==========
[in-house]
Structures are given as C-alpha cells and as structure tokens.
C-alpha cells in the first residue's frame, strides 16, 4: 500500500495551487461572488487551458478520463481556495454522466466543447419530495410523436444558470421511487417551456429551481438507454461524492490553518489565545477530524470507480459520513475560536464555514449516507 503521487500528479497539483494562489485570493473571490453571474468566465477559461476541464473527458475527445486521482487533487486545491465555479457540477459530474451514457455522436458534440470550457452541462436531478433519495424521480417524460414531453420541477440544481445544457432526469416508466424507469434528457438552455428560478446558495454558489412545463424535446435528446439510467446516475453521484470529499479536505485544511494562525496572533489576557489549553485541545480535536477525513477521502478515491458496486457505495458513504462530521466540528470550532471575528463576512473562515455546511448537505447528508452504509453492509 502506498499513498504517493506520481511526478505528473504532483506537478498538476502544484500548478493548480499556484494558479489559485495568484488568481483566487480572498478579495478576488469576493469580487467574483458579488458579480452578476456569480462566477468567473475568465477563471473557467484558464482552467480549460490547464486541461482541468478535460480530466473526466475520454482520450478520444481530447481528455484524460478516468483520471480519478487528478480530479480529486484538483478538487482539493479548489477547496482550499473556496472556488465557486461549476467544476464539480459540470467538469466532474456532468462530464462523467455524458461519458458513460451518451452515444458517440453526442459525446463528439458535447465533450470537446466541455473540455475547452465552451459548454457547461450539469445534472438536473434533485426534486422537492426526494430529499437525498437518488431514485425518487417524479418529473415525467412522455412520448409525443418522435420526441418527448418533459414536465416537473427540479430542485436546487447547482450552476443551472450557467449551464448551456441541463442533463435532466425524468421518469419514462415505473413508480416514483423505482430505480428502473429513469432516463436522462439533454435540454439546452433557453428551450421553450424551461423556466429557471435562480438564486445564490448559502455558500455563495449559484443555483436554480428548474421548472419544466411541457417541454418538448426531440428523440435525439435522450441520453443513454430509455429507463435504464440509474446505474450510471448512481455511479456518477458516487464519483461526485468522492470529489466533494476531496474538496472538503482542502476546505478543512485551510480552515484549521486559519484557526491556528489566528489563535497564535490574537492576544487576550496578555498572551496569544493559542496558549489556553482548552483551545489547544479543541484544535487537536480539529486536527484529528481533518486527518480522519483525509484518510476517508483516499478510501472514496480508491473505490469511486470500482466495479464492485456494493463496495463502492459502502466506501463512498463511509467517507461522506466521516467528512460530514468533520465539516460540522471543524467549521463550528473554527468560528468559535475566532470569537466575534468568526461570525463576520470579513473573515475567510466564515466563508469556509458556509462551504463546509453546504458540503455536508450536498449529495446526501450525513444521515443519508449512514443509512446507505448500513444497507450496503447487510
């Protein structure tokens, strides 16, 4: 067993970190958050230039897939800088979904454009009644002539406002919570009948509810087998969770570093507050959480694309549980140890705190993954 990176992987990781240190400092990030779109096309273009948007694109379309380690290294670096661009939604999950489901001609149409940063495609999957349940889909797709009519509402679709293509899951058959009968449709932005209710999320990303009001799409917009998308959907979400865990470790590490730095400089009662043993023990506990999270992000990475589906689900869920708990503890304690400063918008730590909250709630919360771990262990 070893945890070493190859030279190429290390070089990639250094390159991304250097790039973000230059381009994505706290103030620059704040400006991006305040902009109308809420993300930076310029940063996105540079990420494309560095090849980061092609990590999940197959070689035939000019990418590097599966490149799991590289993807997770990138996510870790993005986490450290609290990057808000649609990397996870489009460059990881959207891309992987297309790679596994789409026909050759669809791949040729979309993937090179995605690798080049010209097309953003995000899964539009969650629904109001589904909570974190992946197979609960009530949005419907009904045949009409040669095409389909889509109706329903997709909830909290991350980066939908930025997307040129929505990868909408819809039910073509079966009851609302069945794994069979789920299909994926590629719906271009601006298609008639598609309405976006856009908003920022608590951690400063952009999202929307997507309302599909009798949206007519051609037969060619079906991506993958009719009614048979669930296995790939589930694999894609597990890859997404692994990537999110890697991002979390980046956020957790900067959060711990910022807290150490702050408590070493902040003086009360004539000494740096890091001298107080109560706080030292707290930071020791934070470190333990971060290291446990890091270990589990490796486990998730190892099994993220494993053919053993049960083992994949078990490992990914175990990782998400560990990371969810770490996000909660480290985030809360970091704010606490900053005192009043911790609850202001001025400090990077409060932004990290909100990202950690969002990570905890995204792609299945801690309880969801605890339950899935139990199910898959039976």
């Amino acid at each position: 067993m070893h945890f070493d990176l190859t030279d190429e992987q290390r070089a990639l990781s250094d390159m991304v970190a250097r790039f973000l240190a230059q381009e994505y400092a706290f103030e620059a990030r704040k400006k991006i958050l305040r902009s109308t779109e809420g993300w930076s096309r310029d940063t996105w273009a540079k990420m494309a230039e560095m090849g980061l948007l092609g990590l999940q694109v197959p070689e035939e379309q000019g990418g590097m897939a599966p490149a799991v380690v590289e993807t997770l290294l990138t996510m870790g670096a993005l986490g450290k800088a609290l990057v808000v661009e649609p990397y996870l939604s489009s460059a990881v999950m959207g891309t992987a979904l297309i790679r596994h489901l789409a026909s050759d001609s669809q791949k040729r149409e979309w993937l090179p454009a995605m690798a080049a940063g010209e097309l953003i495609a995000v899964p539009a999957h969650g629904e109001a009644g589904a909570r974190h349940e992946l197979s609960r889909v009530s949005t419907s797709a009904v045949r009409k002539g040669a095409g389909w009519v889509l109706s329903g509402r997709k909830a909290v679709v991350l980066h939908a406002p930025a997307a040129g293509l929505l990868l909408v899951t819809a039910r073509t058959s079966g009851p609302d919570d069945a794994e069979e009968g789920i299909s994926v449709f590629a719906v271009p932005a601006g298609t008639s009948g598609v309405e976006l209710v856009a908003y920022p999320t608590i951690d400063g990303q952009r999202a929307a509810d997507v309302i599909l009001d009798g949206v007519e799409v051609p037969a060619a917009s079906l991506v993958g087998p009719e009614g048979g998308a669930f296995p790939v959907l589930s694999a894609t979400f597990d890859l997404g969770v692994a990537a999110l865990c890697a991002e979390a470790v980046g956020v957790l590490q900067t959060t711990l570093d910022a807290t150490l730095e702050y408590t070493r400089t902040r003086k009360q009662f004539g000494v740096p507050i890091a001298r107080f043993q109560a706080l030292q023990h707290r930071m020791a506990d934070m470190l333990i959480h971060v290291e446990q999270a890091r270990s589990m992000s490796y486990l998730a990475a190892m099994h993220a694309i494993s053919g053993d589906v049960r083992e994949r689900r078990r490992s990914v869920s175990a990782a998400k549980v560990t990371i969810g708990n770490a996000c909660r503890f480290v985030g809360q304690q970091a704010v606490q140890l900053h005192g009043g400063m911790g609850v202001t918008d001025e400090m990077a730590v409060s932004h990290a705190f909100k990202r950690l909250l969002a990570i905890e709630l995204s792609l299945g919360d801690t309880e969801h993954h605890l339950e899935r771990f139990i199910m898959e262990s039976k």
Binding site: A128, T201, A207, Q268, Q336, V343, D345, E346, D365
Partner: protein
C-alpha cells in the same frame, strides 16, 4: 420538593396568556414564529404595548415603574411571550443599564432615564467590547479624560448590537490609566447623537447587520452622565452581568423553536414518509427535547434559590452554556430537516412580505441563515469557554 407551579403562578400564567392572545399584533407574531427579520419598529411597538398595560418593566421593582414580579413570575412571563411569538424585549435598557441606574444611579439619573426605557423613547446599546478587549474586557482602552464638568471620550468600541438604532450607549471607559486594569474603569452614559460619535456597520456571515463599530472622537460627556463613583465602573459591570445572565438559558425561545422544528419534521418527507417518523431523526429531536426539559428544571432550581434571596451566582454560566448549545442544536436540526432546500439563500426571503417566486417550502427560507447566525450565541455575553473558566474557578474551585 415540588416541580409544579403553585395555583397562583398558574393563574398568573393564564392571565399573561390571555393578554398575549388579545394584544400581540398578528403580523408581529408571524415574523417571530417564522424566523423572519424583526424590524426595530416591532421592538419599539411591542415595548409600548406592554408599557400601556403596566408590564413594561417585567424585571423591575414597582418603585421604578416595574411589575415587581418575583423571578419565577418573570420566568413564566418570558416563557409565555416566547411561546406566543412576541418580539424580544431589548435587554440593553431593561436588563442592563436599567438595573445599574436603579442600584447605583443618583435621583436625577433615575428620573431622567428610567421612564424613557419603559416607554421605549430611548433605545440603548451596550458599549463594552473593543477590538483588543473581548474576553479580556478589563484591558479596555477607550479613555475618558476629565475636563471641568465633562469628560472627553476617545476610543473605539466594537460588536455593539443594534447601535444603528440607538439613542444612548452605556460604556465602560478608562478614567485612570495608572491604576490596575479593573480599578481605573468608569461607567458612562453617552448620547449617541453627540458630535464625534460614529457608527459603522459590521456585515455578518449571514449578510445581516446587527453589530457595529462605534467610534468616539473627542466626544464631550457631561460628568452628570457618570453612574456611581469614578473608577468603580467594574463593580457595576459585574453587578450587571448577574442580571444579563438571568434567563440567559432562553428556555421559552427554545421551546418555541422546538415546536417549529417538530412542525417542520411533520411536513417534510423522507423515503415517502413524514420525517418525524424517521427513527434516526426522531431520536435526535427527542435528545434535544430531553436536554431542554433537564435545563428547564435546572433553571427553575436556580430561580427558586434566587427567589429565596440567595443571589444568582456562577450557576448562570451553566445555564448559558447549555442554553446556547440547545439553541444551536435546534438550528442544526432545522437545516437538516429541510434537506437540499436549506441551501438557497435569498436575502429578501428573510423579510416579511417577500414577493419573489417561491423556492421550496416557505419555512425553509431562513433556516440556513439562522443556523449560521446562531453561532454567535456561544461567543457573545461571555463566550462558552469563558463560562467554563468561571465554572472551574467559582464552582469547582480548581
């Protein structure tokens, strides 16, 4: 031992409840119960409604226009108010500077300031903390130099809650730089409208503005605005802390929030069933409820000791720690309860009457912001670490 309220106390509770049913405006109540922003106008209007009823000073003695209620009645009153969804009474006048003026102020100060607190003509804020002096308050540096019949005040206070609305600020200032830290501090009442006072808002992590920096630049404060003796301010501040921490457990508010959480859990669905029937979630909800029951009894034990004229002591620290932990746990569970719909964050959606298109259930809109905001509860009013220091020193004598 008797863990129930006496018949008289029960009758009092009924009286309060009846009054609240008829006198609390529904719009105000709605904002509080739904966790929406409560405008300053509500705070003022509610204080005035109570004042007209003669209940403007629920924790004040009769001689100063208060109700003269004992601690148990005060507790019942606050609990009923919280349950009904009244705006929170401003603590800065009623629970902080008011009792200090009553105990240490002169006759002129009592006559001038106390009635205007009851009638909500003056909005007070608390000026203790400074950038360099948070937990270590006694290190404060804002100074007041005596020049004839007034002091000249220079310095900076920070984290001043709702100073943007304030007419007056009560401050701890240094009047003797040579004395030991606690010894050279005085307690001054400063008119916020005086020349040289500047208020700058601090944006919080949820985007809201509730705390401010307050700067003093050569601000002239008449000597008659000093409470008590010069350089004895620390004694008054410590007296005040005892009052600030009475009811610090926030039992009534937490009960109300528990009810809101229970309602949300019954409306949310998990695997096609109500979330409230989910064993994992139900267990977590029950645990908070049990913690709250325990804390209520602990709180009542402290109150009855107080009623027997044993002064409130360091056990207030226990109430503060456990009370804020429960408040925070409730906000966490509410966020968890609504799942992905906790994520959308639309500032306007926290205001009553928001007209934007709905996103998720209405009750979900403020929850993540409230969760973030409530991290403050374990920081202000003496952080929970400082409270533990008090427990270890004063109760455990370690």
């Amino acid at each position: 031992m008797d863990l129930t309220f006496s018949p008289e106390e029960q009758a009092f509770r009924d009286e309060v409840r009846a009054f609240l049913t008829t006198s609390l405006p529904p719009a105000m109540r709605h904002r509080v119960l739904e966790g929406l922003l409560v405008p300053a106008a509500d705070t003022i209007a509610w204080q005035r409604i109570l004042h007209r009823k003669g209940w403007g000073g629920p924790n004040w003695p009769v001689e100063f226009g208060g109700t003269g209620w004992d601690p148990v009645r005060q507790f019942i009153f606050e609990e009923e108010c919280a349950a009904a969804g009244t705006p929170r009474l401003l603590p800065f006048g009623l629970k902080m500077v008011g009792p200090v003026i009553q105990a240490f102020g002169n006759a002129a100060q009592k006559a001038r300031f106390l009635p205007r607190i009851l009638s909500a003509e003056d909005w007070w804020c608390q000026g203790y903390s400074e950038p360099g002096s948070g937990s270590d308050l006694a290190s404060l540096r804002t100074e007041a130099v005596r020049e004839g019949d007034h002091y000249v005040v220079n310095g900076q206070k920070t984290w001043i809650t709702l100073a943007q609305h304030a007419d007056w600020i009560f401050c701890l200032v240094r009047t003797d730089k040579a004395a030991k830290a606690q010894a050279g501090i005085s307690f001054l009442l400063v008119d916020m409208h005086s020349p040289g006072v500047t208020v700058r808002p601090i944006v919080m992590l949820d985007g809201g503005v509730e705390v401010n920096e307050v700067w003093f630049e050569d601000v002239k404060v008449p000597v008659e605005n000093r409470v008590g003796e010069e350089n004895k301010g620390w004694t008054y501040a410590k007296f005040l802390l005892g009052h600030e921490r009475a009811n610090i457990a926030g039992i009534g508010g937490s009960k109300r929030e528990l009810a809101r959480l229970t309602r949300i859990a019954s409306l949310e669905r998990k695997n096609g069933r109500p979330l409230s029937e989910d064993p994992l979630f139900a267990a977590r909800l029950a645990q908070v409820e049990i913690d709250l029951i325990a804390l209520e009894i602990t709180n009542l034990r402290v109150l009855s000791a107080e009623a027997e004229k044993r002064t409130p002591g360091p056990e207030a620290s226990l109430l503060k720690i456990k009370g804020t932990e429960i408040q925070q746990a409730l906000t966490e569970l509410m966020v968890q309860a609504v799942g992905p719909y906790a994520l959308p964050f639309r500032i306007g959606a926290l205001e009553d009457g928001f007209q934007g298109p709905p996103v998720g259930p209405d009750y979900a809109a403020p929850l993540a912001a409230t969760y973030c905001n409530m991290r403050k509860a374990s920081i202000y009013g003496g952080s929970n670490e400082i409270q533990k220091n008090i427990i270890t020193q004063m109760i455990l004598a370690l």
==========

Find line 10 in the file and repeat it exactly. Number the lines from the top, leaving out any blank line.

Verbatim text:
């Amino acid at each position: 031992m008797d863990l129930t309220f006496s018949p008289e106390e029960q009758a009092f509770r009924d009286e309060v409840r009846a009054f609240l049913t008829t006198s609390l405006p529904p719009a105000m109540r709605h904002r509080v119960l739904e966790g929406l922003l409560v405008p300053a106008a509500d705070t003022i209007a509610w204080q005035r409604i109570l004042h007209r009823k003669g209940w403007g000073g629920p924790n004040w003695p009769v001689e100063f226009g208060g109700t003269g209620w004992d601690p148990v009645r005060q507790f019942i009153f606050e609990e009923e108010c919280a349950a009904a969804g009244t705006p929170r009474l401003l603590p800065f006048g009623l629970k902080m500077v008011g009792p200090v003026i009553q105990a240490f102020g002169n006759a002129a100060q009592k006559a001038r300031f106390l009635p205007r607190i009851l009638s909500a003509e003056d909005w007070w804020c608390q000026g203790y903390s400074e950038p360099g002096s948070g937990s270590d308050l006694a290190s404060l540096r804002t100074e007041a130099v005596r020049e004839g019949d007034h002091y000249v005040v220079n310095g900076q206070k920070t984290w001043i809650t709702l100073a943007q609305h304030a007419d007056w600020i009560f401050c701890l200032v240094r009047t003797d730089k040579a004395a030991k830290a606690q010894a050279g501090i005085s307690f001054l009442l400063v008119d916020m409208h005086s020349p040289g006072v500047t208020v700058r808002p601090i944006v919080m992590l949820d985007g809201g503005v509730e705390v401010n920096e307050v700067w003093f630049e050569d601000v002239k404060v008449p000597v008659e605005n000093r409470v008590g003796e010069e350089n004895k301010g620390w004694t008054y501040a410590k007296f005040l802390l005892g009052h600030e921490r009475a009811n610090i457990a926030g039992i009534g508010g937490s009960k109300r929030e528990l009810a809101r959480l229970t309602r949300i859990a019954s409306l949310e669905r998990k695997n096609g069933r109500p979330l409230s029937e989910d064993p994992l979630f139900a267990a977590r909800l029950a645990q908070v409820e049990i913690d709250l029951i325990a804390l209520e009894i602990t709180n009542l034990r402290v109150l009855s000791a107080e009623a027997e004229k044993r002064t409130p002591g360091p056990e207030a620290s226990l109430l503060k720690i456990k009370g804020t932990e429960i408040q925070q746990a409730l906000t966490e569970l509410m966020v968890q309860a609504v799942g992905p719909y906790a994520l959308p964050f639309r500032i306007g959606a926290l205001e009553d009457g928001f007209q934007g298109p709905p996103v998720g259930p209405d009750y979900a809109a403020p929850l993540a912001a409230t969760y973030c905001n409530m991290r403050k509860a374990s920081i202000y009013g003496g952080s929970n670490e400082i409270q533990k220091n008090i427990i270890t020193q004063m109760i455990l004598a370690l």